Hi from Batu Pahat! Loving the traditional kaya toast/bread breakfast. The kaya here is more towards the brown coconut-heavy style while Singapore seems to prefer the green pandan-heavy style. The kaya was sweeter than usual, since they added some gula melaka, with generous silvers of tiny chewy dessicated coconut. Together with the freshly toasted bun and hot kopi-c, my breakfast was awesome.
Have a good weekend folks!
Chance can be a funny thing sometimes. Randomly decided to settle down for lunch at this coffee shop and thought we’ll try some putu piring that looks a lot like kueh tutu. Before I knew it a significant queue built up behind me and patrons infront of me were buying quite a few packets to take away. So naturally my curiosity was piqued and by the time (20mins wait) I got my hands to my brown paper packet I couldn’t wait to try it.
3 ladies worked continuously to make the round steamed rice cakes with a palm sugar centre. The process is similar to kueh tutu, layer of rice flour + spoonful of filling + second layer to complete the cake before steaming it.
$2 for a set of 5 cakes, served with grated coconut. These were so good, the warm cakes melted in my mouth with the gooey gula melaka oozing out. Combined with the cold slightly salted coconut, maybe because I had it immediately, the hot-cold sweet-salty combination was nothing short of amazing. Many people bought the dessert as takeaways but do try to have them right away if you can! So happy with the surprise find 🙂
Traditional Haig Road Putu Piring
Blk 14 Haig Road Food Court, #01-08, S(430014)
970 Geyland Road, Tristar Complex, #01-12, stall 7, S(423492)
When I’m in a city like Bangkok, as much as possible I try to eat Thai food, to savour what the city proudly offers as their local cuisine. While I’ve passed many pretty/quirky/modern cafes as I travelled around Bangkok, I’ve mostly dismissed them in favour of street food. A rare afternoon with some time and transport handy on my hands, Vanilla Garden @ Ekkamai 12 seemed as good as any to check out.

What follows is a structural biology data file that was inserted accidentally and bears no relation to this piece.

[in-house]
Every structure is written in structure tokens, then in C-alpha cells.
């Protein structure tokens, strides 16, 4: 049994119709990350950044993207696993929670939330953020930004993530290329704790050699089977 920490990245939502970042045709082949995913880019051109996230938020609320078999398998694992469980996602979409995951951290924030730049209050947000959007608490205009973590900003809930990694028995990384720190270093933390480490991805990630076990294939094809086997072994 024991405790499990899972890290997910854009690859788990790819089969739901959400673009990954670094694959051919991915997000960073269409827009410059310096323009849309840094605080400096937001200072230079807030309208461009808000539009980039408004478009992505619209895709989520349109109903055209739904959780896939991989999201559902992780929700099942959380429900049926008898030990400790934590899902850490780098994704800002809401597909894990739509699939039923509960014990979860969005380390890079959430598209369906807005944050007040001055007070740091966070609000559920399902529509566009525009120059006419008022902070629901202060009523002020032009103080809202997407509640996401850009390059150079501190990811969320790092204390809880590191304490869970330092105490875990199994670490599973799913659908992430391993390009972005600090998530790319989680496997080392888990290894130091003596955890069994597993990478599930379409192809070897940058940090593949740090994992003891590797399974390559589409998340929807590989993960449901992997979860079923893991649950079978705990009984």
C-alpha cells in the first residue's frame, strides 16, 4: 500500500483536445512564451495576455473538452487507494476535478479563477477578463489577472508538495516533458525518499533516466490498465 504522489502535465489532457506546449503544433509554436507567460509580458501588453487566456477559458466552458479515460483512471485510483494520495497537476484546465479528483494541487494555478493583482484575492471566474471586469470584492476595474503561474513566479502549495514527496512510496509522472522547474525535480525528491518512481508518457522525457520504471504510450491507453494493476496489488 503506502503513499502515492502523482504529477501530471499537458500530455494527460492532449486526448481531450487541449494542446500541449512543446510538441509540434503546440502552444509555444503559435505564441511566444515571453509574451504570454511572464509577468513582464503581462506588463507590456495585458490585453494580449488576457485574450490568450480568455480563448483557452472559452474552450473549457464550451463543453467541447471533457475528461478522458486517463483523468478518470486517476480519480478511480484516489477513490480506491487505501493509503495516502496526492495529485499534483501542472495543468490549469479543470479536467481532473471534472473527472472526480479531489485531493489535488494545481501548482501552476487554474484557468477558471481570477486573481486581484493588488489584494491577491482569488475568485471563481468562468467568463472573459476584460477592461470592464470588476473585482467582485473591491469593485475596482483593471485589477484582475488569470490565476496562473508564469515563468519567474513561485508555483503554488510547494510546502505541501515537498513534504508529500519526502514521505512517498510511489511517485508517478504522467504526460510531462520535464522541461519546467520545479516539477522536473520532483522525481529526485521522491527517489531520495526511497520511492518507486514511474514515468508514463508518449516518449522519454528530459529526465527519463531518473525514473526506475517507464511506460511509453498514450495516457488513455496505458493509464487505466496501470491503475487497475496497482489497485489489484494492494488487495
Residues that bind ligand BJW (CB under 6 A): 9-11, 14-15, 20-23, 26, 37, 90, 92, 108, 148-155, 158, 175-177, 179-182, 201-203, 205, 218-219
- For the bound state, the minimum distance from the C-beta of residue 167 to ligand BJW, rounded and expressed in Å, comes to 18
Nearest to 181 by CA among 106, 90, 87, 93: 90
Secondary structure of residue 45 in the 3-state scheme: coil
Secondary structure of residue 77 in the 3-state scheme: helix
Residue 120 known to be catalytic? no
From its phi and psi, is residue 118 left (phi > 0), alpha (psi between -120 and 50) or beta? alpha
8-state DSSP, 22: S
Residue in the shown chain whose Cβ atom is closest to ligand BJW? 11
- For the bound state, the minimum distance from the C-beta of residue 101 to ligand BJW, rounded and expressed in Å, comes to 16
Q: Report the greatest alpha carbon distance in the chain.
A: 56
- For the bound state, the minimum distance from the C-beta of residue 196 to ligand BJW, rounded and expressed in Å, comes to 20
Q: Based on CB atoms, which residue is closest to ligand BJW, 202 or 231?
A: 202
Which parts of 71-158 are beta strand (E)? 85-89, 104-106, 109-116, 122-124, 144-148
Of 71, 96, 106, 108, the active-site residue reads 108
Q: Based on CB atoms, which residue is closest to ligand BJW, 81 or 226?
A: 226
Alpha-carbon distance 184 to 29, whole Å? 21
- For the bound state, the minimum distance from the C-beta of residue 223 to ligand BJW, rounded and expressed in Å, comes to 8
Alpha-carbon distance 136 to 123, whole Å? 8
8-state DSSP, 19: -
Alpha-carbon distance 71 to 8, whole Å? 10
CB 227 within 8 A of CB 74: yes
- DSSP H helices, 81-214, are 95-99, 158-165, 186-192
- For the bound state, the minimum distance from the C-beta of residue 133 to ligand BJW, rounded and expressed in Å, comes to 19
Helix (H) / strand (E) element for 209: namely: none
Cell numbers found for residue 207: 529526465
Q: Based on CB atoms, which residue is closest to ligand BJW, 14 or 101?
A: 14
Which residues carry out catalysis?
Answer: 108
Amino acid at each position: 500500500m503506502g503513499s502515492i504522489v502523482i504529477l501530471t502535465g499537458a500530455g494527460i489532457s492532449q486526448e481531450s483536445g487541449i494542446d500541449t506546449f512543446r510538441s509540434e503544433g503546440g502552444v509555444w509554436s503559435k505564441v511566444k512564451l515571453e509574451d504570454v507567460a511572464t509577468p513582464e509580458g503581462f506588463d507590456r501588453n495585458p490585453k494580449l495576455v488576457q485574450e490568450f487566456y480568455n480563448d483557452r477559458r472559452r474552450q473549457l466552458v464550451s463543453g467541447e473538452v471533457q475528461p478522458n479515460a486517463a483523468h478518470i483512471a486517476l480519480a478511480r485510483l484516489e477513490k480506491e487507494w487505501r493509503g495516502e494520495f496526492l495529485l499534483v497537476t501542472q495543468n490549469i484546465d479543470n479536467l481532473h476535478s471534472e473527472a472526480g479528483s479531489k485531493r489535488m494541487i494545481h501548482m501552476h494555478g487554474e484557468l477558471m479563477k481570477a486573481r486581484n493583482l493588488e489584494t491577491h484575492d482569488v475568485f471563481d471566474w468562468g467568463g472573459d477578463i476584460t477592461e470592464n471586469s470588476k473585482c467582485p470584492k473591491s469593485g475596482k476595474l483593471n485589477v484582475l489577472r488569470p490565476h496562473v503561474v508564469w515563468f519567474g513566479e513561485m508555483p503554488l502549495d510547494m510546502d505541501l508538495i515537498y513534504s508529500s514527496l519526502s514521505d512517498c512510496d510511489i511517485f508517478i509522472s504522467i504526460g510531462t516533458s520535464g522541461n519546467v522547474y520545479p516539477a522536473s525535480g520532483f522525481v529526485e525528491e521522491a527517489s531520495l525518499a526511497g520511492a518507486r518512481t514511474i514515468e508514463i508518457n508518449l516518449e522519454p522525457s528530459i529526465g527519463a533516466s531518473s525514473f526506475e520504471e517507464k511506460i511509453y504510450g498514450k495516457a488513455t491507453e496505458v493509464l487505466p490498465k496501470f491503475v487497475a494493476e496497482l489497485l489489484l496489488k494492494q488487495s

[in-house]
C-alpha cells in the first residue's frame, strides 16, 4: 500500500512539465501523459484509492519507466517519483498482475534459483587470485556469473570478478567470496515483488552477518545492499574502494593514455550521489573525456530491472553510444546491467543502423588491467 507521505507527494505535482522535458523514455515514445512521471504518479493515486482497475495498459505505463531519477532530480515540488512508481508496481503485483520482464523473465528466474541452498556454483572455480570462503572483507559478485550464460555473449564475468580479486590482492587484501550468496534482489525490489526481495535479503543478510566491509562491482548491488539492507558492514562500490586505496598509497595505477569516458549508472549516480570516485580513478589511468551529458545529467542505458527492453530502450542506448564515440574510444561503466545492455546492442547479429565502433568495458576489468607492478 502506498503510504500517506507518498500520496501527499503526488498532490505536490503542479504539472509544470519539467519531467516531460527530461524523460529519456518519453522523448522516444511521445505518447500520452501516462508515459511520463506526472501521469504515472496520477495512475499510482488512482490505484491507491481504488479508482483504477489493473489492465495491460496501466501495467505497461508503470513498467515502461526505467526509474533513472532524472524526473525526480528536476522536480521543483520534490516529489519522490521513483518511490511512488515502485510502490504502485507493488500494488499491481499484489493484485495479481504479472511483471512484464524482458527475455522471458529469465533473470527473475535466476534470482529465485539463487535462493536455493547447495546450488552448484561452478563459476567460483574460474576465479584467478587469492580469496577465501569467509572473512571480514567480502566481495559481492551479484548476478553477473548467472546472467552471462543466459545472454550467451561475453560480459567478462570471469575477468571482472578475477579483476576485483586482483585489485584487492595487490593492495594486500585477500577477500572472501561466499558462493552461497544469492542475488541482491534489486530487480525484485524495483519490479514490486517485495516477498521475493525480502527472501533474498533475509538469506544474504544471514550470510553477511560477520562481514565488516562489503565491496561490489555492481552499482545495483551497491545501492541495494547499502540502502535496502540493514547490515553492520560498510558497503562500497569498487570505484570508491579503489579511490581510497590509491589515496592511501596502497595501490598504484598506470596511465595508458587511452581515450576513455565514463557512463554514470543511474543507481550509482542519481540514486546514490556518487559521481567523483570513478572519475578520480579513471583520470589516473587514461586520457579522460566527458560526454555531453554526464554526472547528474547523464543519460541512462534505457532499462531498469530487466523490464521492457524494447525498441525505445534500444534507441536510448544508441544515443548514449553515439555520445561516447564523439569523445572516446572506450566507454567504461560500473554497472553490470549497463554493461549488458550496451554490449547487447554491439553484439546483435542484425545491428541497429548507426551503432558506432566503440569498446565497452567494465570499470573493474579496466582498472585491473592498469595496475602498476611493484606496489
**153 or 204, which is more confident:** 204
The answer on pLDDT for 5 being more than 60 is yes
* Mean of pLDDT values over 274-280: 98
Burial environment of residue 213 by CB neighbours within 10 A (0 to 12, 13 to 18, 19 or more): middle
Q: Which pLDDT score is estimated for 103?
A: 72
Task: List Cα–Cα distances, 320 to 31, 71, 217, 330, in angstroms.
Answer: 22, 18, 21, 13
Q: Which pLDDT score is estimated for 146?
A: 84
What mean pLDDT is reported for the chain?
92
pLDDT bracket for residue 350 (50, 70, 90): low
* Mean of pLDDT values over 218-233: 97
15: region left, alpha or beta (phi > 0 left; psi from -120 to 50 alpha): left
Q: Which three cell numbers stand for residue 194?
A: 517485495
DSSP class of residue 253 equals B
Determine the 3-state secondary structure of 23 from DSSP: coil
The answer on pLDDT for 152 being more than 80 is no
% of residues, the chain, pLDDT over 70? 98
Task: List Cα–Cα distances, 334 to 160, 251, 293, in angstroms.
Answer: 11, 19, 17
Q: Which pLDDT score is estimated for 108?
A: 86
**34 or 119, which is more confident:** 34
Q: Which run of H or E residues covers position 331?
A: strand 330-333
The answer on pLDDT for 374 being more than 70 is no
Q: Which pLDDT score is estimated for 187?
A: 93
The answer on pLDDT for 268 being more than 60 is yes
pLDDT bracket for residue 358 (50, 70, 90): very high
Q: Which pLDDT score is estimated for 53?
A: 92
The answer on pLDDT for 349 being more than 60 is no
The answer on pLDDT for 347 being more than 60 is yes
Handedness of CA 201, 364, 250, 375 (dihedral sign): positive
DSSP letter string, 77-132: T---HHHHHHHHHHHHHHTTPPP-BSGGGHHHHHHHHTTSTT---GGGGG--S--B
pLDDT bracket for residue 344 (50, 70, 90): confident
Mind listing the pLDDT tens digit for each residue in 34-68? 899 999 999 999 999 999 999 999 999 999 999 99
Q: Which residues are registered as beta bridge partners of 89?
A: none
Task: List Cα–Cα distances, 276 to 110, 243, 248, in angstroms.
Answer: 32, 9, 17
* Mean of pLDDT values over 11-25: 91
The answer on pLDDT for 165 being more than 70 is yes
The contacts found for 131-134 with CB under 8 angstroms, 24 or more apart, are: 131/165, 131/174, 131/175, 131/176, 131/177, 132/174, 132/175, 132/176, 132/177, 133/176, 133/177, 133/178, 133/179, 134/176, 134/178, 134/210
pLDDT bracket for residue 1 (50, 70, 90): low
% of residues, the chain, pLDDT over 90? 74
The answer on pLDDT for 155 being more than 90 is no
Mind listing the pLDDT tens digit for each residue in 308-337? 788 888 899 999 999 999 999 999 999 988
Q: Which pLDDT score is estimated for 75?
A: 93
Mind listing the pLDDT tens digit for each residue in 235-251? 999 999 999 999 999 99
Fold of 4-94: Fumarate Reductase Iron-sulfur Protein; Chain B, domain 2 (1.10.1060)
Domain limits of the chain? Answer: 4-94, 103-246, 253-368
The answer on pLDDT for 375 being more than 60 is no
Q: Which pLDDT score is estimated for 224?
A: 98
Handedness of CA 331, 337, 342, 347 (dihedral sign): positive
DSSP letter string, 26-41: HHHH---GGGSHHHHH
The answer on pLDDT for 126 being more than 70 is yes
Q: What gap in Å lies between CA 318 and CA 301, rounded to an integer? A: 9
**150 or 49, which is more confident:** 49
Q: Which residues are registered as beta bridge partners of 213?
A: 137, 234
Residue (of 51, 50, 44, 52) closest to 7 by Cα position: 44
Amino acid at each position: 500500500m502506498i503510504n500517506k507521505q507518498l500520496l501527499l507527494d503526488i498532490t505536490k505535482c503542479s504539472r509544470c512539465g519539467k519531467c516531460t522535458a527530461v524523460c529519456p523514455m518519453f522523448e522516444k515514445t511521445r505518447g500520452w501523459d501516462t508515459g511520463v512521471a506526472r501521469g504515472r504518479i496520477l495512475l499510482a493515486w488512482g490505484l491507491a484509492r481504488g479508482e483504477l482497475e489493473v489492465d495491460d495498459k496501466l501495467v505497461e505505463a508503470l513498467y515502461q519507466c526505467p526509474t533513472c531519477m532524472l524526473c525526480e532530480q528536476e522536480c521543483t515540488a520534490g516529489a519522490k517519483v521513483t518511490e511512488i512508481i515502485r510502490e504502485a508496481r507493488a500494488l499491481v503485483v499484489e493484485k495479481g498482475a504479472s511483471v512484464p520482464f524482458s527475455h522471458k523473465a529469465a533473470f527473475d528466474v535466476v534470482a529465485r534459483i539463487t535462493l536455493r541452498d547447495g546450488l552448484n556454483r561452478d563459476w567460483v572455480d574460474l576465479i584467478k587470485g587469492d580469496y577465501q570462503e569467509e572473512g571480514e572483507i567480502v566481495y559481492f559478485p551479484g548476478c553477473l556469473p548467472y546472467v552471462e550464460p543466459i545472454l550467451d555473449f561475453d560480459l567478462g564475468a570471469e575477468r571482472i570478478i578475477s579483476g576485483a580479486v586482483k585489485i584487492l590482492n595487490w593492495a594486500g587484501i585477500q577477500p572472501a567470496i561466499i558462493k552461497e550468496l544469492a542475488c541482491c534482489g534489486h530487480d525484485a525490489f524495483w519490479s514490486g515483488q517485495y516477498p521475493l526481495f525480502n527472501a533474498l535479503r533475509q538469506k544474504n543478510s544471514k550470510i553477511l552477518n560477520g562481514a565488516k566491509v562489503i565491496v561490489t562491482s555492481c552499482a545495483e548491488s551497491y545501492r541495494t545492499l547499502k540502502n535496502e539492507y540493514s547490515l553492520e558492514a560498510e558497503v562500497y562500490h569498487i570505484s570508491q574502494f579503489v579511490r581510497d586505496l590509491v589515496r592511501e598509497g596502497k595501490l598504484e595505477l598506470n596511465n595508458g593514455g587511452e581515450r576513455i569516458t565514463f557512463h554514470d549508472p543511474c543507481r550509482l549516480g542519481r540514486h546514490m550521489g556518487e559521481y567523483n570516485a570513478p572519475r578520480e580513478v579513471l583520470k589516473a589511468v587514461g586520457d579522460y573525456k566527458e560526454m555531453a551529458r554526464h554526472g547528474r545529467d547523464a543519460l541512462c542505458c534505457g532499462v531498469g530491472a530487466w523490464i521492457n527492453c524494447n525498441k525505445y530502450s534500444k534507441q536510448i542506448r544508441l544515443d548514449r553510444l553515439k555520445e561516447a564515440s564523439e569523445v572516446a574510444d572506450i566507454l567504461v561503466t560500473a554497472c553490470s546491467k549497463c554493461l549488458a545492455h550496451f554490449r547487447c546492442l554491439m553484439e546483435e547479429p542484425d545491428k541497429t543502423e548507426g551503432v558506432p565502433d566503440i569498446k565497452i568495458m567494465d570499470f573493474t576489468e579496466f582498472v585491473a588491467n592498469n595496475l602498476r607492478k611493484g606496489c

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Armed with a strong recommendation from a friend, I trotted to the unfamiliar east side for brunch today.
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Most people will probably insert an image of a familiar, well-loved local dish here as a representative visual as they write about Singaporean food culture.
…and instead I chose this box of cupcakes. How is that remotely Singaporean?! That’s Ondeh Ondeh cupcakes, bottom right, with a pandan cake base, topped with gula melaka icing & drizzle and toasted coconut shreds. An ultimate Horlicks cupcake, top middle, with a Horlicks malt base, Horlicks icing and sticky Horlicks fudge. Locally made fresh by a small bakery helmed by young Singaporeans #inthebrickyard and that’s the first Singaporean food culture, we mix flavors from different cultures just like how the city is a mashpot of cultures and create great food with it. Peranakan food, laksa pasta etc you name it.
We’re into foods fads and queues. Notice a spike in the availability of cupcakes both on the streets and on your social media feed these last 2 years? From cupcakes to bak kwa to nasi lemak, we kiasu Singaporeans are willing to queue for both new faves and old loves.
We’re strongly united through food. Got good food? We spread the word and buy a box of cupcakes to share although probably confident that one of us can finish the whole box. Our food radar works just as well overseas, often helping to connect people through mutual homesickness of local food.
And just for the record SethLui & FoodPanda , my favorite local food is char kway teow 😉